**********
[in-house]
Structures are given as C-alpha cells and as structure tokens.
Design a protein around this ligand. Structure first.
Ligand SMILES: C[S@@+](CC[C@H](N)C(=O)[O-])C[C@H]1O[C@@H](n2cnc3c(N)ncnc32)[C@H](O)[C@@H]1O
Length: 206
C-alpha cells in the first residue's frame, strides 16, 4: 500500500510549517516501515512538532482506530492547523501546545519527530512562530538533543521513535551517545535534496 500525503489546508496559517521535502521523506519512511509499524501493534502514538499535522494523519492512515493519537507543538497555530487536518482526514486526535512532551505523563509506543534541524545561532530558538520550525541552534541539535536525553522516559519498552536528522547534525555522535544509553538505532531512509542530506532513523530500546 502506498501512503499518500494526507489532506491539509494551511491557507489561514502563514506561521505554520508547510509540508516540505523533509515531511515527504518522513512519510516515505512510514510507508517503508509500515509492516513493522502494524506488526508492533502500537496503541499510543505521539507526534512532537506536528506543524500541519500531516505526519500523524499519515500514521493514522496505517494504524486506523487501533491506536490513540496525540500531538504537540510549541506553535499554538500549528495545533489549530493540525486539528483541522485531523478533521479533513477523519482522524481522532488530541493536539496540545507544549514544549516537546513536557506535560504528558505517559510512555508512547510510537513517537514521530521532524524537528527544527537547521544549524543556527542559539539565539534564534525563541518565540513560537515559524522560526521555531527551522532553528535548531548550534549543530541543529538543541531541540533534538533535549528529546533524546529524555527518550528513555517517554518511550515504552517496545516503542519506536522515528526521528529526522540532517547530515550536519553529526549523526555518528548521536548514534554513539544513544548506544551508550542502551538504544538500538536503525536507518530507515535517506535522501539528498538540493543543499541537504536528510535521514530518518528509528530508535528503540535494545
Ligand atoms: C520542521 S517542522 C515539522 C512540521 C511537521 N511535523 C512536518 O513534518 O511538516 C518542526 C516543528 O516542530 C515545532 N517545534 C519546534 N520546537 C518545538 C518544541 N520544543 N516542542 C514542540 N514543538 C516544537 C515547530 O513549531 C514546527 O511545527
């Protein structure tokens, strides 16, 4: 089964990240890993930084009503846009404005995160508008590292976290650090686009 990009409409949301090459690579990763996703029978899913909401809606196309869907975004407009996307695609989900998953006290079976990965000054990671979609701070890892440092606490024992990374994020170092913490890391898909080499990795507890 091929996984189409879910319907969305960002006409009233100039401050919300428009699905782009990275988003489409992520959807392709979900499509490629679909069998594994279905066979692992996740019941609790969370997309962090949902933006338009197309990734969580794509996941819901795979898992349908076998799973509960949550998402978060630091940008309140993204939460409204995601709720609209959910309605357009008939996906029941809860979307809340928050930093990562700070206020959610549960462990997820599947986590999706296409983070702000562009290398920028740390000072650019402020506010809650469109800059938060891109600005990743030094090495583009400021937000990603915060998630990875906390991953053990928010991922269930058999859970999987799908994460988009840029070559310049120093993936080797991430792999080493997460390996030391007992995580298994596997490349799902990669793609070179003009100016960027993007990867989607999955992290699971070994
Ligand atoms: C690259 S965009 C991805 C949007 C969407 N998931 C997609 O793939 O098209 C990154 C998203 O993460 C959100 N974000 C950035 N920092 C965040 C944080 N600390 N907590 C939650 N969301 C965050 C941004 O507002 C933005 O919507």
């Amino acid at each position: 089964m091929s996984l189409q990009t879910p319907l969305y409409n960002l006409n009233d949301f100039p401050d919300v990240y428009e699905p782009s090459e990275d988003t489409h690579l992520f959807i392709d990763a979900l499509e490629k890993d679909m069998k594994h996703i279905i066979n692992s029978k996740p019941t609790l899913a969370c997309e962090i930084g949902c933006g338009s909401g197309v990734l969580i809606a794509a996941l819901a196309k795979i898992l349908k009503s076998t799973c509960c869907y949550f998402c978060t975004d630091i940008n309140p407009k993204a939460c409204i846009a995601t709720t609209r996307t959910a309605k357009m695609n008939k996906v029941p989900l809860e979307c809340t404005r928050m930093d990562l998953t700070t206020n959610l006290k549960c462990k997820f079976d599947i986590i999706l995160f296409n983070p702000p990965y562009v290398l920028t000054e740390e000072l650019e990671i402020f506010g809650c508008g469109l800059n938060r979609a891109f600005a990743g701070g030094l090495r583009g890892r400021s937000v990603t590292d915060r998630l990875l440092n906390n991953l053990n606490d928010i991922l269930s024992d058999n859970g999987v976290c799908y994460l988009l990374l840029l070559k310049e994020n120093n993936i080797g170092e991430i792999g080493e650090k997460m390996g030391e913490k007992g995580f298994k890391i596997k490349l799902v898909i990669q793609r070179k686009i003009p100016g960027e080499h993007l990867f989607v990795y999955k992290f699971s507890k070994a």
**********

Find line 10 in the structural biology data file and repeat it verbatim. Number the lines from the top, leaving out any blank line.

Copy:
């Amino acid at each position: 089964m091929s996984l189409q990009t879910p319907l969305y409409n960002l006409n009233d949301f100039p401050d919300v990240y428009e699905p782009s090459e990275d988003t489409h690579l992520f959807i392709d990763a979900l499509e490629k890993d679909m069998k594994h996703i279905i066979n692992s029978k996740p019941t609790l899913a969370c997309e962090i930084g949902c933006g338009s909401g197309v990734l969580i809606a794509a996941l819901a196309k795979i898992l349908k009503s076998t799973c509960c869907y949550f998402c978060t975004d630091i940008n309140p407009k993204a939460c409204i846009a995601t709720t609209r996307t959910a309605k357009m695609n008939k996906v029941p989900l809860e979307c809340t404005r928050m930093d990562l998953t700070t206020n959610l006290k549960c462990k997820f079976d599947i986590i999706l995160f296409n983070p702000p990965y562009v290398l920028t000054e740390e000072l650019e990671i402020f506010g809650c508008g469109l800059n938060r979609a891109f600005a990743g701070g030094l090495r583009g890892r400021s937000v990603t590292d915060r998630l990875l440092n906390n991953l053990n606490d928010i991922l269930s024992d058999n859970g999987v976290c799908y994460l988009l990374l840029l070559k310049e994020n120093n993936i080797g170092e991430i792999g080493e650090k997460m390996g030391e913490k007992g995580f298994k890391i596997k490349l799902v898909i990669q793609r070179k686009i003009p100016g960027e080499h993007l990867f989607v990795y999955k992290f699971s507890k070994a």